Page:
The New Method of Communication: Inflated Quietness

April 13, 2017
By christinebroadbent BRONZE, Goodyear, Arizona
christinebroadbent BRONZE, Goodyear, Arizona
1 article 0 photos 0 comments

       TEMPE—Two weeks ago last Friday at 4:23pm MST, creators from The App Company partnered with Apple, Google, and Samsung in announcing their new app to improve delivery of important information called Inflated Quietness: a revolutionary tool to amplify your own voice and silence those who cannot keep their mouth shut.
        The app was developed in response to Talkative Tims and Chatty Cathys across the globe. Teachers, business people, motivational speakers, and the general population are tired of having their comments disregarded and replaced by supposedly more important conversation. No longer will Rachel’s gossiping about the cheer captain and Brad’s score updates from last night’s game overpower more substantial ideas and comments. With increasing popularity in handheld devices, The App Company figured Inflated Quietness would be the most efficient way to solve this problem of disrespect.
        Being ignored has concerned many for years, especially educators. Some techniques previously used for combating this literal ignore-ance include clapping, standing at the front of a room waiting for everyone to be quiet, and raising a hand nonchalantly to gain everyone’s attention. Since late 2015, observers in the Tempe School District have deemed these methods no longer effective. In a recent interview regarding potential development of Inflated Quietness, Mrs. Julia Smith, a first grade teacher at Tempe Elementary, stated, “Teaching is just not the way it used to be. Students are more entitled than ever before and do not understand listening is required to learn.” She believes Inflated Quietness is a step in the right direction for “solving the intellectual crisis presenting itself in today’s society” (Millennials, 2016).
       Inflated Quietness uses superior voice technology to effectively silence voices around you or amplify your own. Users create an account and enter commonly required information such as name, social security number, email, credit card number, password, bank routing number, Uncle Bob’s annual income, and answers to various security questions, including “What was the model of your first car?” and “What is your Mom’s maiden name?”
       Once this information is entered, the user is prompted to say several phrases into the Voice Frequency Analyzer. Some of these phrases include “The quick brown fox jumps over the lazy dog” and “She sells seashells by the seashore.” These phrases are just two examples of what hearing pathologist Dr. William Eisenhower and his committee specifically selected to capture all aspects of the human voice.
        Once your vocal frequency is analyzed, the app offers two buttons, AMPLIFY and SILENCE, for situations where no one is listening to you. The AMPLIFY button projects your voice through the speakers of your mobile device and effectively turns the heads of those “listening.” No need to stand intentionally silent in front of people waiting for them to notice and stop talking. Just get out your phone, quickly check your Facebook status, text messages that came in the last two minutes, or bank balance while no one is paying attention, go to the Inflated Silence app, and press MAGNIFY so everyone will hear you above their inappropriate conversations.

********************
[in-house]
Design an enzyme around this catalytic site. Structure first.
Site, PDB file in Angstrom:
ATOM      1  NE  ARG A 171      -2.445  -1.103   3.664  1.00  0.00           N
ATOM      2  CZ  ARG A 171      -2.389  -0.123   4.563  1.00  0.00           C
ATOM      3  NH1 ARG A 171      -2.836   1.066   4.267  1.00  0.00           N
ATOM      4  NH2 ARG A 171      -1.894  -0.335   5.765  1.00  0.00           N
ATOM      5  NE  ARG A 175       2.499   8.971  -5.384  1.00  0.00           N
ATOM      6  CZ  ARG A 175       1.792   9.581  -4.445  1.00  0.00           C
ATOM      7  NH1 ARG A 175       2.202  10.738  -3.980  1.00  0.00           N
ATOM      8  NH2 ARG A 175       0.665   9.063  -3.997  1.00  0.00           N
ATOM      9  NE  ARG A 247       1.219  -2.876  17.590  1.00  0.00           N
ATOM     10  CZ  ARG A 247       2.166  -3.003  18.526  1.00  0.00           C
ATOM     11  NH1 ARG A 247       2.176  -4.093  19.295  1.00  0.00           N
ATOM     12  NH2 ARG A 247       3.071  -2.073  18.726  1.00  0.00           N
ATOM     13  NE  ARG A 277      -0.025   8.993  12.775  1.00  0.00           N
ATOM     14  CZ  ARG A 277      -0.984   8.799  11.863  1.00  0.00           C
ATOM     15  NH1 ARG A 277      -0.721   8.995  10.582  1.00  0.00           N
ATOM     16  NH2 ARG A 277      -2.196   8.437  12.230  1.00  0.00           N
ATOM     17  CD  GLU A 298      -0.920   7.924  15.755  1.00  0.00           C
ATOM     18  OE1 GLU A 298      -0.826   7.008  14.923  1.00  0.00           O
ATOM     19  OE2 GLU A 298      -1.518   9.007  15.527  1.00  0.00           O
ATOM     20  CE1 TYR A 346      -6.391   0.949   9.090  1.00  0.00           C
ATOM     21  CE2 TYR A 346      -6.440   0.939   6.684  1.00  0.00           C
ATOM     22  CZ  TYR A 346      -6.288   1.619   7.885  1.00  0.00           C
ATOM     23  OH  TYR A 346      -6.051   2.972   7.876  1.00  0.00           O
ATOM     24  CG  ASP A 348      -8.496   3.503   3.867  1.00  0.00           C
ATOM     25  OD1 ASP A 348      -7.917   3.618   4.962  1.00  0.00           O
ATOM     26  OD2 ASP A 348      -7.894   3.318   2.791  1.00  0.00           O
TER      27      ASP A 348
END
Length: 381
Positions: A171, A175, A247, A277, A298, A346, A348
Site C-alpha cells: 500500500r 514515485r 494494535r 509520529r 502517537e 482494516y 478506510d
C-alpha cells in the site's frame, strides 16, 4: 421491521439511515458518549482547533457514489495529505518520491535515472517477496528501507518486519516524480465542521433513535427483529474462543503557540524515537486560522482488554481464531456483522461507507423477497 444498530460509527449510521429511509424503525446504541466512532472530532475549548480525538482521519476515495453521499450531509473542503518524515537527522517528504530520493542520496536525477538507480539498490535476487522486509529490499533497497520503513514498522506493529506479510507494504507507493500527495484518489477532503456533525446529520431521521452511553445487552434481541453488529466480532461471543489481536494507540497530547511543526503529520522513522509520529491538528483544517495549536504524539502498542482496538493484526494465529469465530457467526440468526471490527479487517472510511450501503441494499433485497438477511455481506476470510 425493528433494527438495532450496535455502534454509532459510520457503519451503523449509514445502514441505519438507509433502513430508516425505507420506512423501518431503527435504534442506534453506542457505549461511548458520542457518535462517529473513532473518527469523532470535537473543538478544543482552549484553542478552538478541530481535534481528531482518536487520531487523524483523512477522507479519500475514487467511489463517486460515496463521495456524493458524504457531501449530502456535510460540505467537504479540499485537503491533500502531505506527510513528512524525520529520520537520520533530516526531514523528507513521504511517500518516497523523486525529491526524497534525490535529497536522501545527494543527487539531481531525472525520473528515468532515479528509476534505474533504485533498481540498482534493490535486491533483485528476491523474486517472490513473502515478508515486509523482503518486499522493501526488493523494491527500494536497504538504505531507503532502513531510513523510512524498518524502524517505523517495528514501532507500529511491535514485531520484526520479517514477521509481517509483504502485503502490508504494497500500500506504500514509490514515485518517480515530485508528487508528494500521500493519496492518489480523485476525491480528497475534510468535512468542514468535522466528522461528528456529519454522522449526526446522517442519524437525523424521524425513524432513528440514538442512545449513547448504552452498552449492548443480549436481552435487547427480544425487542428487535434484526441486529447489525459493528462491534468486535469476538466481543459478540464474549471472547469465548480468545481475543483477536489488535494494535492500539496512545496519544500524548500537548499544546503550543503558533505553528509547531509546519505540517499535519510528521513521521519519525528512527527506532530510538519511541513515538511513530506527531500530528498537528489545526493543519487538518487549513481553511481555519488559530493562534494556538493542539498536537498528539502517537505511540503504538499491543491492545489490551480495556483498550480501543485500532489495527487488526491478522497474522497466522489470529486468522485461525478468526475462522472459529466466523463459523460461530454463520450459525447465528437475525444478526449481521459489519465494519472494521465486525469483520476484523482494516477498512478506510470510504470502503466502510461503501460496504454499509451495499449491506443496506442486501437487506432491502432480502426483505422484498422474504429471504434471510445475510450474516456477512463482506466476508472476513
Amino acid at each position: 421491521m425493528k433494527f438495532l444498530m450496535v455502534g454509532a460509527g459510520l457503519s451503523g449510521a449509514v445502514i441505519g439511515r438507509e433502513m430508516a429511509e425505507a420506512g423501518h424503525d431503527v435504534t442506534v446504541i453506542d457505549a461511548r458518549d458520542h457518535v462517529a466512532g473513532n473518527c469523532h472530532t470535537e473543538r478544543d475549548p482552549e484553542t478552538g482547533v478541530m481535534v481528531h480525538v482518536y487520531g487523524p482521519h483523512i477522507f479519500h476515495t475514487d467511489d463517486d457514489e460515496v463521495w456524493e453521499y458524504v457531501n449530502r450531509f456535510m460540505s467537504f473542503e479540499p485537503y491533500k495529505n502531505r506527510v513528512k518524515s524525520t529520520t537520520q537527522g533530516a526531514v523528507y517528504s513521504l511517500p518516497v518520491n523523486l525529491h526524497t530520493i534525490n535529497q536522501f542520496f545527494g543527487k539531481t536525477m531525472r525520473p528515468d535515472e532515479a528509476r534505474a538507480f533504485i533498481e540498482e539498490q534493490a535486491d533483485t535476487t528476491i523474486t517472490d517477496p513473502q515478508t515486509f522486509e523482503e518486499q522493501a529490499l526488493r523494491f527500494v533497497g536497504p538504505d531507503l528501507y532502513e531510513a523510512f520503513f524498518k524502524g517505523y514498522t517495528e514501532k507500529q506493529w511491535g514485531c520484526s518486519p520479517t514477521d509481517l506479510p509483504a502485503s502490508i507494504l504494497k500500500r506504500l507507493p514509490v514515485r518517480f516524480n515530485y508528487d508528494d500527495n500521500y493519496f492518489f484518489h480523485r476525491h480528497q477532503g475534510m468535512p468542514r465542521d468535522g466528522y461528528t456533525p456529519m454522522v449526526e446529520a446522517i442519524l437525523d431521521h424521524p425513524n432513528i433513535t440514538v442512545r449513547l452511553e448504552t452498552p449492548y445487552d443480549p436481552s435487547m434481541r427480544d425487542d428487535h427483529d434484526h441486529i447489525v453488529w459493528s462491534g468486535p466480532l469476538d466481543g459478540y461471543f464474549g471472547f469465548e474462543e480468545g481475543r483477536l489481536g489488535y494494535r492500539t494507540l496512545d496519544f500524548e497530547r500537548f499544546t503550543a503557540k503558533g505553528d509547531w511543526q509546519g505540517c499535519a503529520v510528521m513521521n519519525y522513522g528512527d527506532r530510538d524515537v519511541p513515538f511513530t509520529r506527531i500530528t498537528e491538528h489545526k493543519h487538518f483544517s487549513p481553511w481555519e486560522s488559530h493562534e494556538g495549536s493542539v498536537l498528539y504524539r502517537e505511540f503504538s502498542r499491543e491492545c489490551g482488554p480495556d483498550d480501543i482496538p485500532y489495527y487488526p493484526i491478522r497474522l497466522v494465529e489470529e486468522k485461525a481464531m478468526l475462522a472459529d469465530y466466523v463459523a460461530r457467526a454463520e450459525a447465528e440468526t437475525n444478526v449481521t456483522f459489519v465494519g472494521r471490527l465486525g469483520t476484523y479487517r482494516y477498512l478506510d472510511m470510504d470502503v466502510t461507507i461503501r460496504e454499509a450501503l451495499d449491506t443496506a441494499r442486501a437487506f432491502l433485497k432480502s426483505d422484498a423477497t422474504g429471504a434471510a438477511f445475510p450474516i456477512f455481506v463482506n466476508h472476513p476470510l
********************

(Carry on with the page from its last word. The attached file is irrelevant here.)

In the early development stages, The App Company believed the MAGNIFY option sufficient to command attention. While watching the recent presidential election, The App Company decided to incorporate a SILENCE feature to Inflated Silence. SILENCE uses superior technology to cease all other voices besides the app user’s. NBC debate moderator Lester Holt endorses this technology, since silencing Donald Trump and Hillary Clinton “would give less room for constant quarrels between candidates and create more intellectual conversation” (2017).  “Inflated Silence will improve future presidential debates and brings newfound hope to the 2020 election” (Holt, 2017).
        With the creation and testing of Inflated Quietness, there is one potential drawback. A very small number of subjects experienced a hearing respite. Despite this minor hiccup, the benefits outweigh potential problems.
       Silencing other conversations and amplifying your own voice are proven to increase attention span. Conversations cease when people relay information, giving everyone increased opportunity to learn. “Inflated Silence allows greater respect for individuals and what they have to say,” says Dr. Eisenhower.
       This technology offers less aggressive individuals a chance to speak, but also an opportunity for the current generation to “listen and learn.” What could be better than that?

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